September 2012
Volume 53, Issue 10
Free
Letters to the Editor  |   September 2012
Profiles of Macular Pigment Optical Density and Their Changes Following Supplemental Lutein and Zeaxannthin
Author Affiliations & Notes
  • John Nolan
    Macular Pigment Research Group, Department of Chemical and Life Sciences, Waterford Institute of Technology, Waterford, Ireland; and
    Institute of Vision Research, Whitfield Clinic, Waterford, Ireland.
  • Stephen Beatty
    Macular Pigment Research Group, Department of Chemical and Life Sciences, Waterford Institute of Technology, Waterford, Ireland; and
    Institute of Vision Research, Whitfield Clinic, Waterford, Ireland.
Investigative Ophthalmology & Visual Science September 2012, Vol.53, 6303. doi:10.1167/iovs.12-10674
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    • Get Citation

      John Nolan, Stephen Beatty; Profiles of Macular Pigment Optical Density and Their Changes Following Supplemental Lutein and Zeaxannthin. Invest. Ophthalmol. Vis. Sci. 2012;53(10):6303. doi: 10.1167/iovs.12-10674.

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      © ARVO (1962-2015); The Authors (2016-present)

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  • Supplements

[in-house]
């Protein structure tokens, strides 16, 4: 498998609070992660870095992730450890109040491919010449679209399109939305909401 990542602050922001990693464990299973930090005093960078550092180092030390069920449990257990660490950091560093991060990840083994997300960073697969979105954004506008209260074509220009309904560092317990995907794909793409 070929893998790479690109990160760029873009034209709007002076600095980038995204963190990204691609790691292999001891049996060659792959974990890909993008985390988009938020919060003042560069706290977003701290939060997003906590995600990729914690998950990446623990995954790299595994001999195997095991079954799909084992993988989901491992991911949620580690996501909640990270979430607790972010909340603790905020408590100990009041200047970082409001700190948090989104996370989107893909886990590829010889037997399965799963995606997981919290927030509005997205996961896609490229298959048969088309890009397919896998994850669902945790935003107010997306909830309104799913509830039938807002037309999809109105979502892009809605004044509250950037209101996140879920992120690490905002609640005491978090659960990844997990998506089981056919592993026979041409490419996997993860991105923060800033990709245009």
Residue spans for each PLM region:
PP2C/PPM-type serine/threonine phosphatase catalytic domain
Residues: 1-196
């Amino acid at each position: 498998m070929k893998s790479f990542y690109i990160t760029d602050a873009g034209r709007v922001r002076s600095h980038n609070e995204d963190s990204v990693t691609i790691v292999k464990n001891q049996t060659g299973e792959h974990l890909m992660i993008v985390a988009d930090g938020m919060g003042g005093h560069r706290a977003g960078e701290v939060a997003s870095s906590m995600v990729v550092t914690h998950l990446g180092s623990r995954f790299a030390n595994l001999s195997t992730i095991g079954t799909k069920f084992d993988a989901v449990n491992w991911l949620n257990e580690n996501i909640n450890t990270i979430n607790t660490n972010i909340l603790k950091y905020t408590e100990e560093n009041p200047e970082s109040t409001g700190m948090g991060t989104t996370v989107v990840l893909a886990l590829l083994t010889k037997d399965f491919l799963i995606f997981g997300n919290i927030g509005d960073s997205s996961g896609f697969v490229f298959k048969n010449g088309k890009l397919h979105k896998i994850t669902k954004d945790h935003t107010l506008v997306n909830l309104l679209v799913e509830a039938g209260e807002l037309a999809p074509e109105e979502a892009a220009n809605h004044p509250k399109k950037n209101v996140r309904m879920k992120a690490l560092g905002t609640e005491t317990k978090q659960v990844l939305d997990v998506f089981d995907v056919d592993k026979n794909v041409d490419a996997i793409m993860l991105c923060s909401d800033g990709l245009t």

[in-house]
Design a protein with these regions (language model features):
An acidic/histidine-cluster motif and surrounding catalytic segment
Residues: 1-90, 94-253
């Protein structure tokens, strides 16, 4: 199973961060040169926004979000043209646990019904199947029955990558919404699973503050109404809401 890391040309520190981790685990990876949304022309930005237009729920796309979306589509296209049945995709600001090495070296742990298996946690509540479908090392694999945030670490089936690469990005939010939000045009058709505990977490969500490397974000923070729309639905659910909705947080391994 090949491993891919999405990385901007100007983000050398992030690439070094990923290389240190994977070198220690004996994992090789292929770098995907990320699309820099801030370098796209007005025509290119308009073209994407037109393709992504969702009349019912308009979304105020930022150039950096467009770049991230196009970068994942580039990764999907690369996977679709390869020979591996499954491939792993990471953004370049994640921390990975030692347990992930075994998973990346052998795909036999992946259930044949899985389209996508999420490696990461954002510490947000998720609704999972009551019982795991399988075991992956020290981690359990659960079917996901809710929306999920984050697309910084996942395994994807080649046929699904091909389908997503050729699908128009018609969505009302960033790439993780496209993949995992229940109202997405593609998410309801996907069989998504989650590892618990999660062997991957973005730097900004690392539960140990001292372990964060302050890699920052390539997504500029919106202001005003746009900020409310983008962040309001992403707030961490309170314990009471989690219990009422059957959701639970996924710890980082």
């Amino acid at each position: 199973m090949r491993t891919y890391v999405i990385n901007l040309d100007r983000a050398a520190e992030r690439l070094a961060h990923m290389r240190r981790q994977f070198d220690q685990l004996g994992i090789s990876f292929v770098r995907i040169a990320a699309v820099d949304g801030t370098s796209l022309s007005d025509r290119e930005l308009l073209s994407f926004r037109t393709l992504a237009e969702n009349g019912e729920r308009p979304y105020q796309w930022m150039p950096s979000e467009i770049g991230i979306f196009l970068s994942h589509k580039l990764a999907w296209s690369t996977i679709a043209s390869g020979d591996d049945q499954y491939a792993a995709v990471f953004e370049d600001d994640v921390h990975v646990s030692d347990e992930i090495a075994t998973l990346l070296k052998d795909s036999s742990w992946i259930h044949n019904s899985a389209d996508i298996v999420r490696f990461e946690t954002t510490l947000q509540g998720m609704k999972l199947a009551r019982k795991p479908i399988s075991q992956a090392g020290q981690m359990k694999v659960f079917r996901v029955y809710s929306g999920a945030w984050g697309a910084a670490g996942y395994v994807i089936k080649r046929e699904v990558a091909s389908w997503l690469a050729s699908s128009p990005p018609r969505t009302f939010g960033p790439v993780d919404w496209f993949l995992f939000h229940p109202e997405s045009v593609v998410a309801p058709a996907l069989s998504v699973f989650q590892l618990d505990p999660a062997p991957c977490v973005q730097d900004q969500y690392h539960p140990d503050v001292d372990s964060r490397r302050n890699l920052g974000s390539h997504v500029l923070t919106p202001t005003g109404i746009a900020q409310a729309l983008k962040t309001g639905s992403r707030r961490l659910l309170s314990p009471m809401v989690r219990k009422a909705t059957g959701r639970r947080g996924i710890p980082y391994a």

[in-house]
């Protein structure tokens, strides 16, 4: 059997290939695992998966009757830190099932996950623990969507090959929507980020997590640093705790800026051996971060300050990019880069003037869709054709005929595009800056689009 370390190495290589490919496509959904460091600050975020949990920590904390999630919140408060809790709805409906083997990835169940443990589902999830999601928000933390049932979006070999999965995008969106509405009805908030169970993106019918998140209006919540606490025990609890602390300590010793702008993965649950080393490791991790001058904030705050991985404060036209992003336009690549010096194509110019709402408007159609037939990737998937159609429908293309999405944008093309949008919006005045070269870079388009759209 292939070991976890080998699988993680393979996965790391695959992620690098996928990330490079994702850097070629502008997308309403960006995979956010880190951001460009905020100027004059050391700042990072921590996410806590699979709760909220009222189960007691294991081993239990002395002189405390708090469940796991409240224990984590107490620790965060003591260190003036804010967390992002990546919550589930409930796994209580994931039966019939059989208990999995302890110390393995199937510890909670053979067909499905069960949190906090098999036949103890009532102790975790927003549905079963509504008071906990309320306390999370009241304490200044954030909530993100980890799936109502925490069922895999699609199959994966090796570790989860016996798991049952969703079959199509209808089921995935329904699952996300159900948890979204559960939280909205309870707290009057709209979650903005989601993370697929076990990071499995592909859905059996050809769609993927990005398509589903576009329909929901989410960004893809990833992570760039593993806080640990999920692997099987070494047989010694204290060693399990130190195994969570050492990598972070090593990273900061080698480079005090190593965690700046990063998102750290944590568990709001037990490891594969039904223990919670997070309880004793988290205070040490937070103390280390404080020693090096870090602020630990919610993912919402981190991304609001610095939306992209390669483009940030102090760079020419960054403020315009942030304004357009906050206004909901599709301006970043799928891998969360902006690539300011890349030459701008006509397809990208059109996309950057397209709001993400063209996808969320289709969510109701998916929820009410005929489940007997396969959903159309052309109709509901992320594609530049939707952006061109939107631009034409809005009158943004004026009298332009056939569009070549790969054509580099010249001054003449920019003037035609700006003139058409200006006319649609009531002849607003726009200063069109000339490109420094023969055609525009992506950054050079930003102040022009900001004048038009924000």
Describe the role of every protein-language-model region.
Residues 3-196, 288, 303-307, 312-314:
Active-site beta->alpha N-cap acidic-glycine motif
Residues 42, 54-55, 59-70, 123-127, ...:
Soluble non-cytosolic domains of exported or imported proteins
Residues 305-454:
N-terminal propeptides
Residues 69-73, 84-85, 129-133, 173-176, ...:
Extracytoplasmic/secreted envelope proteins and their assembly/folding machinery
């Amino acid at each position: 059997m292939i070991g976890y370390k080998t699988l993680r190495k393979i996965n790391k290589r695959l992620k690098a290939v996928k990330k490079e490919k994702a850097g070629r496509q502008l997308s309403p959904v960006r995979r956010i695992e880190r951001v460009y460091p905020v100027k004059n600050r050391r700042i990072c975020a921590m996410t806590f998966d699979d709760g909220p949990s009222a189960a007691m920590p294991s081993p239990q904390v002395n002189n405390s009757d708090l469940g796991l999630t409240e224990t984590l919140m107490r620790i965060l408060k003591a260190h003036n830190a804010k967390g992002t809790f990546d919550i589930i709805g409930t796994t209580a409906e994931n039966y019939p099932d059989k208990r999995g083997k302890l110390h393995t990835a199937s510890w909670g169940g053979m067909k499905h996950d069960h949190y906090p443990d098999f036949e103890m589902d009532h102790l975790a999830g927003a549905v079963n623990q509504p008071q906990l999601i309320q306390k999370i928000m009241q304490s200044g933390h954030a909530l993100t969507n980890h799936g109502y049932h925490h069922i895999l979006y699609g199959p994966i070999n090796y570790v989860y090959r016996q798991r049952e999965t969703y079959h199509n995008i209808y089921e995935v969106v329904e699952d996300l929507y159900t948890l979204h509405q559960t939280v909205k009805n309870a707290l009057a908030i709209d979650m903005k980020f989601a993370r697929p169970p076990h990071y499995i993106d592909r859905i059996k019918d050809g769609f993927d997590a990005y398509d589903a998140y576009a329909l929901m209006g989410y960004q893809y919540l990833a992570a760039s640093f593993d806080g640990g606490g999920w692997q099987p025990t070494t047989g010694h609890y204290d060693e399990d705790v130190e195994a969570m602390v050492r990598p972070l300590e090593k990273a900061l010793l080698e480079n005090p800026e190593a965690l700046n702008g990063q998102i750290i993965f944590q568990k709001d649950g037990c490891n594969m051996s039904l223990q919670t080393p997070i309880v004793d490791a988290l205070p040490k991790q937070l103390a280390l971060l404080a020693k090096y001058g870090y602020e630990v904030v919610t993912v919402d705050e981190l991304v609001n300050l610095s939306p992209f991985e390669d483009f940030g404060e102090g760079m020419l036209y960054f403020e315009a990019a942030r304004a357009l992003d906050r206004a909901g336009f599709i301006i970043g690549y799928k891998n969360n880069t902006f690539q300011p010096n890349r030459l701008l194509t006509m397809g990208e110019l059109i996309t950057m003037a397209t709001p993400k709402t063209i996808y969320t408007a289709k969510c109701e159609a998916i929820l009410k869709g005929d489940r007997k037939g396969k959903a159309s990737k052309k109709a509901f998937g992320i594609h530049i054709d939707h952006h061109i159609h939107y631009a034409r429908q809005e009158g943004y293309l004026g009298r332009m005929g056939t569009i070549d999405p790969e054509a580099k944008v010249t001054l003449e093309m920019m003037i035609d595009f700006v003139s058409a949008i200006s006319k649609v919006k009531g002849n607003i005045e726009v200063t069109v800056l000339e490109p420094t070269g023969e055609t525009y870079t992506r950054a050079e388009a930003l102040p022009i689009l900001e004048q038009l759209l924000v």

We congratulate Zeimer et al. 1 on their article, entitled “Profiles of macular pigment optical density and their changes following supplemental lutein and zeaxannthin,” which, we believe, represents an important step toward a better understanding of the pathophysiology of macular pigment (MP). 
In brief, Zeimer et al. have shown that supplemental lutein (L) and zeaxanthin (Z) fail to augment MP centrally in the presence of “ring-like structures,” a finding that is consistent with our recent report. 2 Also, we concur that these “ring-like structures,” identified on autofluorescence, are representative of the central “dips” identified on heterochromatic flicker photometry, where the spatial profile does not exhibit a central peak with its typical monotonic decline from the foveal center. It is unsurprising, therefore, that supplementation with all three macular carotenoids (L, Z, and meso-zeaxanthin [MZ]) does augment MP centrally, given that MZ is the dominant carotenoid at this location. 3 The importance of this finding rests on the fact that vision is sharpest centrally, where the dual optical benefits of MP (attenuation of chromatic aberration with consequential enhancement of contrast sensitivity, and attenuation of blue light scatter with enhancement of visual performance under conditions of glare) are of greatest importance. 4